Alright, call me a philistine, but I’ve always had the notion that colors were mixed on a palette and then applied directly to the surface to be painted, in basically a “paint by numbers” concept (OK, I know that’s a gross oversimplification – I mean, I don’t think sfumato can be achieved by plopping colors down in discrete chunks). But then, I’ve heard several artists say, in describing their own works, that the final colors we see are the result of layering paint on top of each other.
Eh? How does this work? Wouldn’t the top layer just cover up all the layers underneath? If not, how does one know how the colors will interact? (Or, why not just mix it on the palette before committing it to canvas?) Or is that where the “art” comes from?
It depends on what you’re painting with.
Watercolors are transparent, what you see is the pigment on top of the white of the paper. Once it’s down, it’s there. Let’s say you mix a color for a shadow of an orange, and put it down. After its dry (or you can work wet-on-wet) you may go back in and lay another hit of this color (mixed cooled down) to darken just the area in the shadow where the orange is touching the table. It adds more detail and more solidly sets the orange on the table. If you don’t do this carefully though you end up with bands of color instead of a smooth gradient.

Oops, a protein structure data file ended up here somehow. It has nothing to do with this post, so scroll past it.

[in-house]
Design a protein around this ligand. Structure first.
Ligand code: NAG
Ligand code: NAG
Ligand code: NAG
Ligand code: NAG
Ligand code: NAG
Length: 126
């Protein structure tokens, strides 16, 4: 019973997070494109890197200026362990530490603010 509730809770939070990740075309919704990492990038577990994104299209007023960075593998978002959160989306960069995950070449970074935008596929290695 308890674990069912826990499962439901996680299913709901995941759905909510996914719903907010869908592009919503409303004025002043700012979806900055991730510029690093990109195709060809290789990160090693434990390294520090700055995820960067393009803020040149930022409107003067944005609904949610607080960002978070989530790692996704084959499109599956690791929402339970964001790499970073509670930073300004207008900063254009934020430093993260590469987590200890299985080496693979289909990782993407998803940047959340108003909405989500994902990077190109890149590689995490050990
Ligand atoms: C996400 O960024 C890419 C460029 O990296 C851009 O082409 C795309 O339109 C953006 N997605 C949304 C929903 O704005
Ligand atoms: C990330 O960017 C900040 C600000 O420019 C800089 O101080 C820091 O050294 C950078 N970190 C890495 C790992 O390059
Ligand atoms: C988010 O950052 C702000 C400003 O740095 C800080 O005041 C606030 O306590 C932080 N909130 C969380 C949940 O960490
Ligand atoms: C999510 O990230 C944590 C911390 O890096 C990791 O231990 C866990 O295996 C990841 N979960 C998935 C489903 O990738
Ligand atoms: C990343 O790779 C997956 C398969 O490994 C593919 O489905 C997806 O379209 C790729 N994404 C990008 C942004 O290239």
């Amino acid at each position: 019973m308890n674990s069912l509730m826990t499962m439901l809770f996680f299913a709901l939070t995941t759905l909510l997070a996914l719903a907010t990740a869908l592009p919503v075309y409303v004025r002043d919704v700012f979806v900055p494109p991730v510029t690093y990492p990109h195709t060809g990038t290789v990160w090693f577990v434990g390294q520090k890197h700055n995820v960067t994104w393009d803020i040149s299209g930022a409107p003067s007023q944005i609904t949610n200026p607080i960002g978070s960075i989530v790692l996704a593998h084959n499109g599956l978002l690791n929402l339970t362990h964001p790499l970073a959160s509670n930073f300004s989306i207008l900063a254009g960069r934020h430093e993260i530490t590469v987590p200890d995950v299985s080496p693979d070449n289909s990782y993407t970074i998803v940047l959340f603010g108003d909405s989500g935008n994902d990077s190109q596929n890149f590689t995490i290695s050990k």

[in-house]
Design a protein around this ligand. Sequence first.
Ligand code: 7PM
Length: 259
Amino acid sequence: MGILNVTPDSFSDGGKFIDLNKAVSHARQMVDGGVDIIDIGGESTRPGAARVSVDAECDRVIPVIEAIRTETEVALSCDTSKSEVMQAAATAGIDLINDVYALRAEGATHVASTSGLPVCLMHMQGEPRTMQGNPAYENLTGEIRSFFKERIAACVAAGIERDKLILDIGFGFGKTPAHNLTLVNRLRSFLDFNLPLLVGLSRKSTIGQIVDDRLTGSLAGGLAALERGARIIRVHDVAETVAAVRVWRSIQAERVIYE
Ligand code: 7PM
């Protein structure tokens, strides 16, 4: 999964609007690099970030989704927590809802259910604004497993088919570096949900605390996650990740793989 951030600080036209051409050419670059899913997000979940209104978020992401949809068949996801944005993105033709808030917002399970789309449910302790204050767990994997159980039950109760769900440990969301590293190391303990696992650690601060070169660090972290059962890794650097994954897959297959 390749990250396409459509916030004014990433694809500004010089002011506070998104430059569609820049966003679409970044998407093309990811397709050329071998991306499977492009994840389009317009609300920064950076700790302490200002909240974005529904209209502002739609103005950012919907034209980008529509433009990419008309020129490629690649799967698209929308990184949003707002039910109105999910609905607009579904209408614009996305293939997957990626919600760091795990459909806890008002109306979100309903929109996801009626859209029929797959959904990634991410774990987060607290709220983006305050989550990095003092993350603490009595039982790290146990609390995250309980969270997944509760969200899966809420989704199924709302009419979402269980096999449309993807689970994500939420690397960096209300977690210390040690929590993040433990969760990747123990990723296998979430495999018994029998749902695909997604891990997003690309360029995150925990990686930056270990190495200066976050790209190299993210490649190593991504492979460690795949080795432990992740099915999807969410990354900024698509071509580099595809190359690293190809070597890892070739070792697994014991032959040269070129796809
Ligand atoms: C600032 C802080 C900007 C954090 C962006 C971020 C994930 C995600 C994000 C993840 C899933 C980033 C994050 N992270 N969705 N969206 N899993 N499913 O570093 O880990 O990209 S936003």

I haven’t worked as much in oils, but I do know they can be used in many different styles: Thiness/opacity, texture by laying down paint, Laying it down and taking it off again later. It allows for smoother transitions between light and dark. You can paint the iris of an eye in thinned out color, and then add the light highlight in the pupil and the dark edge of the iris later. Thinning it out keeps the ‘watery’ texture of the eye, the additional hits allow you to sharpen and add detail.
You can’t really just mix it all up in the pallete beforehand and put it down because then you’ll just end up with women with round splotchy cheeks instead of a healthy glow. There’s a lot more thought going into it than a lot of people realize.
Like miamouse already said, watercolors are all about the layers.
Acrylics are just about impossible to layer. They’re opaque, so one layer just completely obscures the one beneath it. With those, you have to pre-blend your paints, and be quicker than hell with your application. It’s never been one of my strong suits and I’m really impressed by people who can work in it well.
Oil paintings are probably what get the most layers. Generally, you mix up the colors you’re planning on using a large amount of, and squirt out some extra base colors on your pallette. But when it comes to putting all the colors together into a coherent image, you have to apply/blend/shade right on the canvas. You can use paint thinner, linseed oils, or other mediums to help thin, thicken, and “wet” your paints so they don’t dry before you’ve completed blending.
A good sized oil painting can take up to a month or so to dry, if that tells you anything!